Consider the case, in which we have Libor zero curve as our input market data, consisting of N zero-coupon bond yields. From this curve, we calculate the corresponding N zero-coupon bond prices. Consider also, that we have statistically estimated the value for constant sigma (standard deviation of a short rate) and we know spot rate and N maturities. After this, we set N initial values for our piecewise constant theta parameters. By using these theta parameters, we then calculate N pairs of A and B coefficients. Finally, N theoretical bond prices and N theoretical yields can be calculated by using N pairs of A and B coefficients. In the final stage, we just adjust our initial values for our N piecewise constant theta parameters, until theoretical yields and corresponding market yields are equal for all N bonds. More specifically, we minimize the sum of absolute squared errors between theoretical yields and corresponding market yields. This part is just unconstrained minimization problem. As a result of this minimization we will solve N theta parameters, for which theoretical bond prices are matching exactly with market bond prices. In other words, we are calibrating our model to market data.
As already noted above, we are dealing with the model having analytical solution (affine or tractable models). In this case, there is actually no need for any numerical method when calibrating model parameters to market. However, for the sake of curiosity and craftmanship, we will perform this calibration process numerically.
PREPARATORY TASKSNext, we have to get the tools for performing optimization needed in the calibration process. As a proud holder of the NAG licence, I would use these numerical libraries for the task. However, in this project we will use Microsoft Solver Foundation, since it is freely available without any costs involved. Next, download Solver Foundation solver (32-bit). If this package is completely alien for you, there are excellent hands-on tutorials available, written by Mathias Brandewinder in here and in here. Replicating and studying these examples will get you started with Solver Foundation.
Also, download and unzip Excel-DNA Version 0.30 zip file to be ready when needed. This is the version I have been using so far, but I assume you can also use newer version 0.32. Concerning the tools needed, we are now ready to move on to create the actual C# program.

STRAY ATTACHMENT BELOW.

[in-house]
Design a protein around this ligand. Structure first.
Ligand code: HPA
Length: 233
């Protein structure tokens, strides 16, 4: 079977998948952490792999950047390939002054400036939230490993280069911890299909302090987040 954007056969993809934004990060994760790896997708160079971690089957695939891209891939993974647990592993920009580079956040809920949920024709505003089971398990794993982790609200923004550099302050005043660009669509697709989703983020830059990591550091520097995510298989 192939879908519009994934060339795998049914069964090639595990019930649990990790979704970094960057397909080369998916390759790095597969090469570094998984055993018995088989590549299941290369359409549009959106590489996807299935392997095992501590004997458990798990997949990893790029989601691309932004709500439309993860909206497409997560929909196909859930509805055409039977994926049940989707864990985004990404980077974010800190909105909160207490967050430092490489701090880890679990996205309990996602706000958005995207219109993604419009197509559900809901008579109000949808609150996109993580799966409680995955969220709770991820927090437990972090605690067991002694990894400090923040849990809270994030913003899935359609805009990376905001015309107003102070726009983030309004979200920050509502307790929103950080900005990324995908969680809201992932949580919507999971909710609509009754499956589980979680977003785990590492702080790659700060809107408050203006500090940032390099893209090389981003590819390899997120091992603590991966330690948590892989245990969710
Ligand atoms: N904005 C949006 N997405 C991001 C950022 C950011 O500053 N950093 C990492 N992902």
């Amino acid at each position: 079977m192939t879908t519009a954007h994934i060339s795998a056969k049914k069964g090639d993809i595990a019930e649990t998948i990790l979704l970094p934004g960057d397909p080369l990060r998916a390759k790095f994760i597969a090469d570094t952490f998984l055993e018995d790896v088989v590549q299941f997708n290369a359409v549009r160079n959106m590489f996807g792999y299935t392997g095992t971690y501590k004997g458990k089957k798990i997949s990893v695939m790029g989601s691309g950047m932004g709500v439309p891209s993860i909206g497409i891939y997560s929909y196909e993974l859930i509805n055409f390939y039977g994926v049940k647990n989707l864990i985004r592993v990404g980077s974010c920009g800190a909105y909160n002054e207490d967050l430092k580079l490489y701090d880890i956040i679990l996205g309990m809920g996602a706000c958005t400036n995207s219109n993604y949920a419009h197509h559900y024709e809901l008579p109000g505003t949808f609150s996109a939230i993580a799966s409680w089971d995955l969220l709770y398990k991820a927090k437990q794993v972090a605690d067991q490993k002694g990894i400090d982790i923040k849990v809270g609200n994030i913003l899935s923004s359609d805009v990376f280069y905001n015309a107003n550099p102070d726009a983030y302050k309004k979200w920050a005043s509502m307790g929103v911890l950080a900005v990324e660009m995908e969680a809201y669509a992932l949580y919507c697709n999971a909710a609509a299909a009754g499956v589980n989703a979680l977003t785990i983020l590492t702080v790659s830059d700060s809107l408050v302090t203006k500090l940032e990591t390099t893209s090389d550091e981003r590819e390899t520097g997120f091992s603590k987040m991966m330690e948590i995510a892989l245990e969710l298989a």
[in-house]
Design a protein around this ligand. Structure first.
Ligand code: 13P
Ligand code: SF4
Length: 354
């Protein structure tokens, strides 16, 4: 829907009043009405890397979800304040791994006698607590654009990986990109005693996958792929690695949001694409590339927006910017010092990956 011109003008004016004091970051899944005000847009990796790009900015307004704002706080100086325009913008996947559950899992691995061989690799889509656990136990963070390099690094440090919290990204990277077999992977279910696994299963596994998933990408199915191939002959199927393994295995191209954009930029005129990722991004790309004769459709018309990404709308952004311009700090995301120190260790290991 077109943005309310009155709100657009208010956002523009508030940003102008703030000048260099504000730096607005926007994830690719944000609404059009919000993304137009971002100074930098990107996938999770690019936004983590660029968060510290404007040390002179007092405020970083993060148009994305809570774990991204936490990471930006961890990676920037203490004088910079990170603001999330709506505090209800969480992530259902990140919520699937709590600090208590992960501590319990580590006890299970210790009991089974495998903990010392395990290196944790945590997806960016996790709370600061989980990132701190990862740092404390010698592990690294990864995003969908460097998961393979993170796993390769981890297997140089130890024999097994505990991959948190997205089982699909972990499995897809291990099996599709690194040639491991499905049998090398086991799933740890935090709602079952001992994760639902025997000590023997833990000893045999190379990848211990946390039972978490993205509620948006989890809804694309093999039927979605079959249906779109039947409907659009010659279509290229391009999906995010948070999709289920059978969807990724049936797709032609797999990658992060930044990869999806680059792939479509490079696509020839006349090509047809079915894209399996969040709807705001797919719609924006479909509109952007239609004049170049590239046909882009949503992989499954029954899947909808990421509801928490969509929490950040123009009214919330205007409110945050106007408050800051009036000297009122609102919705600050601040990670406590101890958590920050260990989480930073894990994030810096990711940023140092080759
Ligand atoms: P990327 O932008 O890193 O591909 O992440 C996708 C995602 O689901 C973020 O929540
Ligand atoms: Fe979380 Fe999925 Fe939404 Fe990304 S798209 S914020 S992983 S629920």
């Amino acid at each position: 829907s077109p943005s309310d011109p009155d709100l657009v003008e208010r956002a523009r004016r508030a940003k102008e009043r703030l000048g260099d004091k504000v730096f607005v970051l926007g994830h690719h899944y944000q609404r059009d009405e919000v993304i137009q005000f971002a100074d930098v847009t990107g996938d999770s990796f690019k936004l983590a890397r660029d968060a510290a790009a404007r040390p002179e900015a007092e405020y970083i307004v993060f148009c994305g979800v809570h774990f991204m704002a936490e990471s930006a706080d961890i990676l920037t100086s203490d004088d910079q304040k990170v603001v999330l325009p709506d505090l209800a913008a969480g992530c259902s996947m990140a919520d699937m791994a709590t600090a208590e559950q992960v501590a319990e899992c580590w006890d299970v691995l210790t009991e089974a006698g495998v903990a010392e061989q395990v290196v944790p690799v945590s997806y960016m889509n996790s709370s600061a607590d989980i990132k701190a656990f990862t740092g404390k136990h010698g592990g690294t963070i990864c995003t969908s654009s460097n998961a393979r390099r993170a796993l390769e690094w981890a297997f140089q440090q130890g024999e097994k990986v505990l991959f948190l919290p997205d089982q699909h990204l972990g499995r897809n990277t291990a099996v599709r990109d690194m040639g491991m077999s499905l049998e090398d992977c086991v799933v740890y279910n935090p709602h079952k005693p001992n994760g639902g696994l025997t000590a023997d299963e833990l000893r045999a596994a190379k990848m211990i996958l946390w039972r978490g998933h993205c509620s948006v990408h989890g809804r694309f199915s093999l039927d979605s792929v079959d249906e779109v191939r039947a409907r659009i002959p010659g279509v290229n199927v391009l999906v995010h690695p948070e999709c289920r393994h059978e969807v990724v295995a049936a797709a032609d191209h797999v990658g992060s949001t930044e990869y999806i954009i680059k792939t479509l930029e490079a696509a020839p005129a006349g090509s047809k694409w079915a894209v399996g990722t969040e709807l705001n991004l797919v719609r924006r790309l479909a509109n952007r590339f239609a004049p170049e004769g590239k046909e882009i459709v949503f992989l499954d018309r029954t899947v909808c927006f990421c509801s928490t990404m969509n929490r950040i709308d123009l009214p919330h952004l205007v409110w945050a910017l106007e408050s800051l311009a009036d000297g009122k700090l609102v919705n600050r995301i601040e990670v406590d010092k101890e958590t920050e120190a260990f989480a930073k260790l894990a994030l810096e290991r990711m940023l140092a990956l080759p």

PROGRAM DESIGNDesign for C# program has been presented in the following UML chart. In order to understand better what is happening between the objects, some comments are given inside the blue boxes. The main point in this design is its flexibility to handle new one-factor models. This example has been specifically made using Ho-Lee model. However, user is able to create new implementations for CIR or Vasicek model, if needed.
C# PROGRAMCreate a new C# Class project "SolverApp_25092014". Target framework is .NET Framework 4. Remember also to create a new reference into SolverFoundation dll file (Project - Add reference - Browse - \Microsoft.Solver.Foundation.dll). My dll file is found within the following folder: C:\Program Files (x86)\Reference Assemblies\Microsoft\Framework\.NETFramework\v4.0\Microsoft.Solver.Foundation.dll. The workhorse classes for this program are presented below. Create new class files and copyPaste the following codes into separate classes.
At this point, we should be able to build this class project without any errors or warnings. The only thing that might create a bit of confusion here, is the logic of using Solver Foundation and especially its Term object. If you feel uncomfortable using solver objects, you may spend some quality time and go through examples by Mathias Brandewinder mentioned earlier. Also, going through the stuff presented in Microsoft.Solverfoundation.Services Namespace relieves the painful climbing on this new learning curve. There are also some documentation pdf files included in the downloaded package from Microsoft. Anyway, the basic functionality for calibration process has now been set. Next, we have to interface our C# program and Excel.
Excel-DNAConcerning the usage and creating interface between Excel and C#, we are following instructions presented in this blog posting.
Add reference to Excel-DNA library (Project - Add reference - Browse - \\ExcelDna.Integration.dll) and click OK. This dll file is inside the distribution folder what we just downloaded from Excel-DNA website. From the properties of this reference, set Copy Local to be False.
Add new file as text file to project (Project - Add new item - Text file) and name it to be SolverApp_25092014.dna. CopyPaste the following xml code into this file.